Camped at the South end of Avalanche Lake first night
with the urine licking goats. Had perfect weather for all three days.
I would advise trying the Froze-To -Death-Plateau route first, the boulders are a bear. Stay near the water as much as possible until you hit 7/8 of the way around the lake.
Boulders, Boulders, Boulders...Did I say Boulders.
The approach is the brutal part of this climb. Great campsite at Cold Lake. Plenty of company. (i.e. mountain goats.)
If anyone found a pair of Smith Mainline sunglasses at the summit or at the saddle of Mt.Tempest they're mine and I'll pay for shipping...
My friend Duane and I finally returned to Granite Peak after failing to summit in 1995. It was Joel's first attempt. We approached via West Rosebud Creek and Mystic Lake this time, and were pleased with the improved scenery on this approach. We camped low on Froze-to-Death Plateau on August 30, not intending to climb on the 31st because the weather forecast sounded pretty nasty - and proved to be right. But we did move camp somewhat closer to the peak, and found much better water there. The camp is at the junction of the north and east-west spurs of the plateau. A large snowfield provides terrific water, and with a good early start the mountain is not too far away if the weather holds until after noon. That is what happened for us, except that the weather never did get "bad", although it was very windy all day, growing worse during our hike back to camp. We were behind several other parties, so route-finding was easy. Two rappels made the summit area easy to descend. All in all a terrific trip!
My wife and I left the West Rosebud/ power plant trailhead at 7:30 pm, and made camp in the dark at the top of the switchbacks at 10,000' at midnight. The next day we made it to the edge of the plateau next to Tempest at 12,080'. We contemplated an afternoon ascent if no thunderstorms developed, but opted to rest instead. Weather radio now began predicting an incoming storm, and sure enough, after a night of high winds 1-2 inches of snow covered the tent and everything above 10,000'. We waited out the next day, and that evening the skies began to clear. Most of the snow was gone by mid morning the next day. We carried one ice axe, and belayed each other across the snow bridge. Route finding was interesting even with good beta. Exposure wasn't as terrible as I expected, but we belayed across a couple sections. We summitted at noon, rappelled a few short pitches, and made a long hike out.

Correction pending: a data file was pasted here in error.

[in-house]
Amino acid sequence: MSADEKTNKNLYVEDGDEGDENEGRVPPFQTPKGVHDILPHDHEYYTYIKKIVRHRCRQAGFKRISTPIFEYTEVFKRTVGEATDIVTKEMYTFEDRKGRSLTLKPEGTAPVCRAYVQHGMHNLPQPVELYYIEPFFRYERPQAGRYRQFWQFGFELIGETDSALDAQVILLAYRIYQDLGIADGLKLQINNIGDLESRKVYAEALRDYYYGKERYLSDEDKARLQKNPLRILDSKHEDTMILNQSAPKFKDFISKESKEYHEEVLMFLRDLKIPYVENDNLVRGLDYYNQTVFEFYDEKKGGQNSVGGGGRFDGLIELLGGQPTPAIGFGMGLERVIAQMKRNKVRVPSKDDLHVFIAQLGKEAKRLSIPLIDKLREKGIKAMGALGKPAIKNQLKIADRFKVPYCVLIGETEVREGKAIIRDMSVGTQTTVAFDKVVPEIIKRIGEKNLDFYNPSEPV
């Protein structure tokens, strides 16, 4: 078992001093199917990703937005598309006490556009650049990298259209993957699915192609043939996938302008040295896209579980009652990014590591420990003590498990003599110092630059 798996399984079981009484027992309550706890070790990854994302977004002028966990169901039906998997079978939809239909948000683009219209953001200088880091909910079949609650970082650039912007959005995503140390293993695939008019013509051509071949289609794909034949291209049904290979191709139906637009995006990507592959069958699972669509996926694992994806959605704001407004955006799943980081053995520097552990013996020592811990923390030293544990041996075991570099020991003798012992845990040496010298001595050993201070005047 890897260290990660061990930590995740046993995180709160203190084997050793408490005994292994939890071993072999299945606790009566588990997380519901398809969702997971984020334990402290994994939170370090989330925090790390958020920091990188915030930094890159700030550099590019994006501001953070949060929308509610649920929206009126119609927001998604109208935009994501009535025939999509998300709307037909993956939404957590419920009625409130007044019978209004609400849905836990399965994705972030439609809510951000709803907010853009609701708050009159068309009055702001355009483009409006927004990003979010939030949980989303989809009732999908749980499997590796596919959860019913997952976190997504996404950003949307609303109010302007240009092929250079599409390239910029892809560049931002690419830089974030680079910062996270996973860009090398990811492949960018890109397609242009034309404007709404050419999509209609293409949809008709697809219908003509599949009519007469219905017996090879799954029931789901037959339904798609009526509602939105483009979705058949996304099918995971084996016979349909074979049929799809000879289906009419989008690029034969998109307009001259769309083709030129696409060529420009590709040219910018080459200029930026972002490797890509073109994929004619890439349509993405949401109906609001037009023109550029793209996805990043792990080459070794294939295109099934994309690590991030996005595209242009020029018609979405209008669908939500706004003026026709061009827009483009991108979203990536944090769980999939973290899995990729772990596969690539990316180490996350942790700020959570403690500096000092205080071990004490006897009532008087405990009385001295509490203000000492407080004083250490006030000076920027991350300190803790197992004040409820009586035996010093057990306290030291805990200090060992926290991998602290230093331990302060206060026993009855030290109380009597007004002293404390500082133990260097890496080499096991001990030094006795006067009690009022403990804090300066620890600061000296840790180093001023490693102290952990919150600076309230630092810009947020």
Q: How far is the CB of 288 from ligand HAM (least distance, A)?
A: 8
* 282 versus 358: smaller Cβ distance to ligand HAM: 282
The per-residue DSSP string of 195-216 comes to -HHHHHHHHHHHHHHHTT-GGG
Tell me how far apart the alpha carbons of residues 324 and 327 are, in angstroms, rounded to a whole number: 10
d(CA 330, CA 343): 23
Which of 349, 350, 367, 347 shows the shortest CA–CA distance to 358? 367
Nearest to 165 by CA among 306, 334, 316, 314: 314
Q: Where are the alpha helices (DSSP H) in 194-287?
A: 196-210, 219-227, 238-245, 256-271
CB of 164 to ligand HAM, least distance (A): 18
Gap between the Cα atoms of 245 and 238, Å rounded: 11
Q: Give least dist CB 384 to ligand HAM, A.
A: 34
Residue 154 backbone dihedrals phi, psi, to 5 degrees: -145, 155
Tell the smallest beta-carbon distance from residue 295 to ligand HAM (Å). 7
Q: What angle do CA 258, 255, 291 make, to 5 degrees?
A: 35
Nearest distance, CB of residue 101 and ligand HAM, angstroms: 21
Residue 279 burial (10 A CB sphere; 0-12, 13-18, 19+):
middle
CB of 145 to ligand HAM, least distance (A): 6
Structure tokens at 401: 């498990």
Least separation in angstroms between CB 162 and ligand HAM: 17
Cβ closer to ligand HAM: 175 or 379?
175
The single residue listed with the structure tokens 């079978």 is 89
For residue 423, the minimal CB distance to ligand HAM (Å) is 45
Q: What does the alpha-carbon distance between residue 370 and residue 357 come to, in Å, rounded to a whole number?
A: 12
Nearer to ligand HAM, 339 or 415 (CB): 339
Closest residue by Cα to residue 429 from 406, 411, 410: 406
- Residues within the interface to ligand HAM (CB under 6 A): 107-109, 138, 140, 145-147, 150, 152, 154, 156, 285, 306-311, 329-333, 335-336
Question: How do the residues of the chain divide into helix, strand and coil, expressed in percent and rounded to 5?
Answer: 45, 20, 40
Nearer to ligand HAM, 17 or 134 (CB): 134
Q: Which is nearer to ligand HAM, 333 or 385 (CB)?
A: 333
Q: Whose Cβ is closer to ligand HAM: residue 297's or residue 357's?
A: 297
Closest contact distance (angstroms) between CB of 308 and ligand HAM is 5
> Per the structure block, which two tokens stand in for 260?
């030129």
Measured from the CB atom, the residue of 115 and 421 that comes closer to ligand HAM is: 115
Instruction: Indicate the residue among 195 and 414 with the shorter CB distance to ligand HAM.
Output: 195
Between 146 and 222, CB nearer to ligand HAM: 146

Was a great climb. Was young and inexperienced and took no rope, so got a little dicey at top, but highly recommend this climb. The view is great. Was lucky in that we didn't have any thunderstorms roll in.
It was a great climb! We had wonderful weather, except for a few afternoon showers. Weather is usually the deciding factor of whether you're going to make it or not and this area is notorious for storms brewing up quickly. I know people that have made it to base camp or even part way up the mountain (several times) only for a big snowstorm or thunderstorm to move in during a matter of minutes. Most people rope up when climbing Granite, especially going across the snow bridge and the last couple hundred feet or so. But, it isn't needed and we actually didn't rope up. I just thought it was a great time and an awesome experience. And I have one down on the quest for the 50 highest points of each state. I totally recommend climbing Granite, intermediate or even fit beginners can make it, but it's fun for more experienced climbers, too.